"Supporting" the PCP

Chris, London 100423.2040 at compuserve.com
Sat Apr 6 01:18:47 MST 1996

There is some confusion about "supporting" the PCP which the
fireworks obscure. Louis has made it clear why he is not in a
position to "support" the PCP. Nor am I.

As information comes clearer to me, I agree that the PCP have
been waging one of the most important guerrilla wars in the whole
of Latin America and that the terrain does make peoples war a
possible strategy. (Terrain does not always permit this.)

It is also clear at the very least on the basis of information
that the State Department feels it has to acknowledge to maintain
its credibility, that there is a totally democratically unacceptable
situation in Peru.

None of this can mean for me *on the basis of my limited information*
that I could support the PCP as such. In the one sided nature of the
development of practice, there are major areas on which friends as
well as enemies may wish for further information. It is also completely
unavoidable in waging a revolution or a liberation war to avoid
excesses and even atrocities by at least some participants. If anything
the evidence is of an unusually high level of discpline by PCP fighters,
but I assume as a statistical certainty that with the amount of torture
the government forces are using, there will be enough scarred members
of the revolutionary forces who at times will lash out in a brutal
violent way, that will also be torture.

What I am not prepared to do is to say that the particular line of
the present leadership of the PCP is the only correct or possible line.

I doubt that truth lies solely on one side if there has been a split
between those supporting the continuation of armed struggle and
those willing to negotiate with the government, just as I assume
that not all members of the Chinese Communist Party were
totally confident when Mao Zedong flew to Chungking to negotiate with
the KMT.

In reality the PCP has clearly adjusted its tactics so that in
some areas there is "no war, no peace" - eg 4 members of the PCP
were reported to have been walking around Villa El Salvador to be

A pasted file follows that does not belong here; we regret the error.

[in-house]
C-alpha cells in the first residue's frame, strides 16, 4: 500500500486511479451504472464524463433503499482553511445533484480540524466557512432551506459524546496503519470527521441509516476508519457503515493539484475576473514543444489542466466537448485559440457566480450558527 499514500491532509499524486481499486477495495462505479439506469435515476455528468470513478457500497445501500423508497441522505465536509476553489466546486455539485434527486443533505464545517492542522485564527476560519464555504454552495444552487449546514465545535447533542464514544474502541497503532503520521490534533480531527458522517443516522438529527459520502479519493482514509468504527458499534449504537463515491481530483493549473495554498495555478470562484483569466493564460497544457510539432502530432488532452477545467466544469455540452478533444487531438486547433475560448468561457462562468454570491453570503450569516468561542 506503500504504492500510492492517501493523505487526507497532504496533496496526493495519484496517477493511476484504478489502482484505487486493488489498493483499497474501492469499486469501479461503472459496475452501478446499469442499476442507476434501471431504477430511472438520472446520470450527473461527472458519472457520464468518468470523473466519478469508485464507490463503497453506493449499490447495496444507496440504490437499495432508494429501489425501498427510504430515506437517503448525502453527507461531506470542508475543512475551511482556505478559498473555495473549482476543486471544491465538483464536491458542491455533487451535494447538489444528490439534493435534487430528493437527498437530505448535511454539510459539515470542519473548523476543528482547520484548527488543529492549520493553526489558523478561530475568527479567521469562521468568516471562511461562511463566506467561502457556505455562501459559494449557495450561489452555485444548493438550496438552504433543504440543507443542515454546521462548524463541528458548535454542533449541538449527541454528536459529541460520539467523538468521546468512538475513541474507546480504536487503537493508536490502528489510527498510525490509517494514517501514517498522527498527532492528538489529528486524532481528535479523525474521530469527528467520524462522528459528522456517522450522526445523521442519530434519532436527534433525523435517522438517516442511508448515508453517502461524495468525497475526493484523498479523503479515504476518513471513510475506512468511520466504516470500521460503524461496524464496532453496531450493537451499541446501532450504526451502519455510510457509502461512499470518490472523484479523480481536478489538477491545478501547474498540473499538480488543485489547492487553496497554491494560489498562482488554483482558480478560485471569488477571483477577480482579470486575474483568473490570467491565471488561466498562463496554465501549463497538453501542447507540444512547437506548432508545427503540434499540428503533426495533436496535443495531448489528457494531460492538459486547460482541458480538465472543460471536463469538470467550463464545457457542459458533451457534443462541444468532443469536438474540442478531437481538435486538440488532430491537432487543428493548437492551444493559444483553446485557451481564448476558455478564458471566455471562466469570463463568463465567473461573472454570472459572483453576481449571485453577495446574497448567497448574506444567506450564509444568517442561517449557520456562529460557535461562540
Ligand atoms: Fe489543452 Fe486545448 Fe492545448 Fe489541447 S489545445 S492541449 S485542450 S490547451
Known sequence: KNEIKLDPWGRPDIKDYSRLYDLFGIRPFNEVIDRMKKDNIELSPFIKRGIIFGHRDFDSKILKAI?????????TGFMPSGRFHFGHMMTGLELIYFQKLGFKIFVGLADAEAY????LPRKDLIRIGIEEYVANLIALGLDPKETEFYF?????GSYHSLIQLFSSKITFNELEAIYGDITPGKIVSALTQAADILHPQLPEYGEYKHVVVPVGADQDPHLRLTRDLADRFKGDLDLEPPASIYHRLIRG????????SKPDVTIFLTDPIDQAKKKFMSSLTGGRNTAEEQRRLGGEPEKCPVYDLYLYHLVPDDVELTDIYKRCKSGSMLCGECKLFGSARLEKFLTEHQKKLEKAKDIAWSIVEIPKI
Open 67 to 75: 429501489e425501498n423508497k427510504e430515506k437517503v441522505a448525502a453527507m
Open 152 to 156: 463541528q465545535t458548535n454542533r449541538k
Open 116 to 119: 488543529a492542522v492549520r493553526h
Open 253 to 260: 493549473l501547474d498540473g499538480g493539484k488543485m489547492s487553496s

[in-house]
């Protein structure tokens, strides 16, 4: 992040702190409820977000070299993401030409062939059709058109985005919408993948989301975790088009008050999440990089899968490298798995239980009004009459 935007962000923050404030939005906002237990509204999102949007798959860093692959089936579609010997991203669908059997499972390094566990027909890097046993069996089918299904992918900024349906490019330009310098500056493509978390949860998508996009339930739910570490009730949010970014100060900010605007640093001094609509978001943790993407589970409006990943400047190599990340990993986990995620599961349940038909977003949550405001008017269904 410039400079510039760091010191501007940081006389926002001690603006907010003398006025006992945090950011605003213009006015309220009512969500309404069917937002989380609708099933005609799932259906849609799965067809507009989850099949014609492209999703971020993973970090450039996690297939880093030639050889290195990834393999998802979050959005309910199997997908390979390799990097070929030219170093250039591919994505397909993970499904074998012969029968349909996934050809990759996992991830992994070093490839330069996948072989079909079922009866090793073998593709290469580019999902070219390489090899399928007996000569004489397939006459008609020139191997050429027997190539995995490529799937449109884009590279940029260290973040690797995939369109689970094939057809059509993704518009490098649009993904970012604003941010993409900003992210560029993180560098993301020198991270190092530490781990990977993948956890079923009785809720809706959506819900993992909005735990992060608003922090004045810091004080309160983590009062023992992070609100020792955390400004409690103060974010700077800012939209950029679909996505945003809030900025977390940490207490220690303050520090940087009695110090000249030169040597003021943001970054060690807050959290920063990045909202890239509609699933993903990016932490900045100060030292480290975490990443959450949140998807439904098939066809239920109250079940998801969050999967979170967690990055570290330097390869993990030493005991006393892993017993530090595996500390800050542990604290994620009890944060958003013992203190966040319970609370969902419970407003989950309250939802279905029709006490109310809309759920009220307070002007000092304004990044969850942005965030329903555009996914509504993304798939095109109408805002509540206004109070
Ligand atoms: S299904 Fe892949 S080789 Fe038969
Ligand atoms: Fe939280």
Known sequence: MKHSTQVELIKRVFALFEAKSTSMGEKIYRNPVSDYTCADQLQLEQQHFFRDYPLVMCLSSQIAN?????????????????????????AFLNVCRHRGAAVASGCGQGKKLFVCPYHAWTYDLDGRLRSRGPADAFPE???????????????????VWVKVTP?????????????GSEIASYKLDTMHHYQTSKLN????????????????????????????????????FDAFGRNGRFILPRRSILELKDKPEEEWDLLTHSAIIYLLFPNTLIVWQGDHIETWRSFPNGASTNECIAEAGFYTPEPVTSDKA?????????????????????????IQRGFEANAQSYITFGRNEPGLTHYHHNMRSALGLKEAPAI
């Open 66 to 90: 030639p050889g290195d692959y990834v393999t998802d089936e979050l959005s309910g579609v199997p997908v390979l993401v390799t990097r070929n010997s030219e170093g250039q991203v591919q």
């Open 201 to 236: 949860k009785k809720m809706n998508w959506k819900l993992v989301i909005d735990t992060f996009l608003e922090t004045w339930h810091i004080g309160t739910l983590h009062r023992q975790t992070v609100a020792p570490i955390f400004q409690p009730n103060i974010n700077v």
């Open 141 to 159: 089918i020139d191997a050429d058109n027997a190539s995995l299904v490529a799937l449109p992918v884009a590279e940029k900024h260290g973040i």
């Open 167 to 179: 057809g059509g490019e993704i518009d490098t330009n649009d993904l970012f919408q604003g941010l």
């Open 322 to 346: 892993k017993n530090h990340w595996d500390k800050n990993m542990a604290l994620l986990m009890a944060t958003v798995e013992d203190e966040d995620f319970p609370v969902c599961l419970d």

denounced by Azcueta.
What exactly *is* "Peoples War" at any one time
it is presumptuous for someone several thousand miles away to decide.
This will be decided by the people of Peru through countless arguments
and discussions. There are many specific shades of the mix of armed
struggle and political struggle.

The supporters of the PCP on this l'st have said slightly different
things if they are listened to carefully and not simply denounced.
Luis Quispe as editor of New Flag has said he has not asked for support
for the PCP but only for people to consider the facts he draws to
their attention and to do their internationalist duty.

Others, including if I recall correctly, Gina, Jay, Adolfo, regard
support fot the PCP and its current policy of Peoples War not only
as an anti-imperialist duty but as a touchstone between marxism and
revisionism. On this Luis Quispe probably agrees with them, but they
go this step further and call for support for the PCP.

Now while anybody can call for whatever they like on this l'st, for the
sake of some orderly management of this hot conflict, I would
suggest that any calls for support of the PCP are
unlikely to achieve overwhelming endorsement, and will only
cause major flames if they are heard in that spirit. A number of
individuals may well respond, and be convinced by these calls.
As individuals that should not cause any antagonistic contradictions.

But someone like myself, [and now Louis Proyect, who has said once
again he is prepared to consider the evidence] am not prepared to
"support" the PCP. What I suggest is there must be a distinction between
an appeal to this l'st as a wider grouping of *democrats*, (including
all our motley shades of "revisionism" and "anarchism" and other
ideological weaknesses) as to whether we oppose the
imperialist backed repression of the Peruvian people as a whole,
independent of a view of which group or sub-group is best [or least
at fault] in trying to forward the resistance to that repression.

If this forum can provide any service in aiding that anti-imperialist
democratic solidarity then that will be valuable. In addition as
my post has indicated I assume in the heat of battle there must be
some conflicts between Peruvian people that have taken on an
antagonistic character, which should really be contradictions among the
people. I personally doubt whether these are best resolved by
a life and death struggle against "revisionism" but even if some
people think they are, perhaps this forum can help to
clarify the underlying nature of the contradictions.

In this respect I do not think Hans Ehrbar's suggestion that this
forum could be a resource for the people of Peru, is out of place,
startlingly optimistic though it sounds in terms of the recent

But if we are to proceed the debate must largely move on from
whether the majority of this l'st (individuals are another matter)
support or do not support the PCP. The overall question we can address
is do we oppose imperialist backed oppression and exploitation
in Peru, and from our different countries how can that best be opposed,
alongside all the other campaigns?

Chris B, London.

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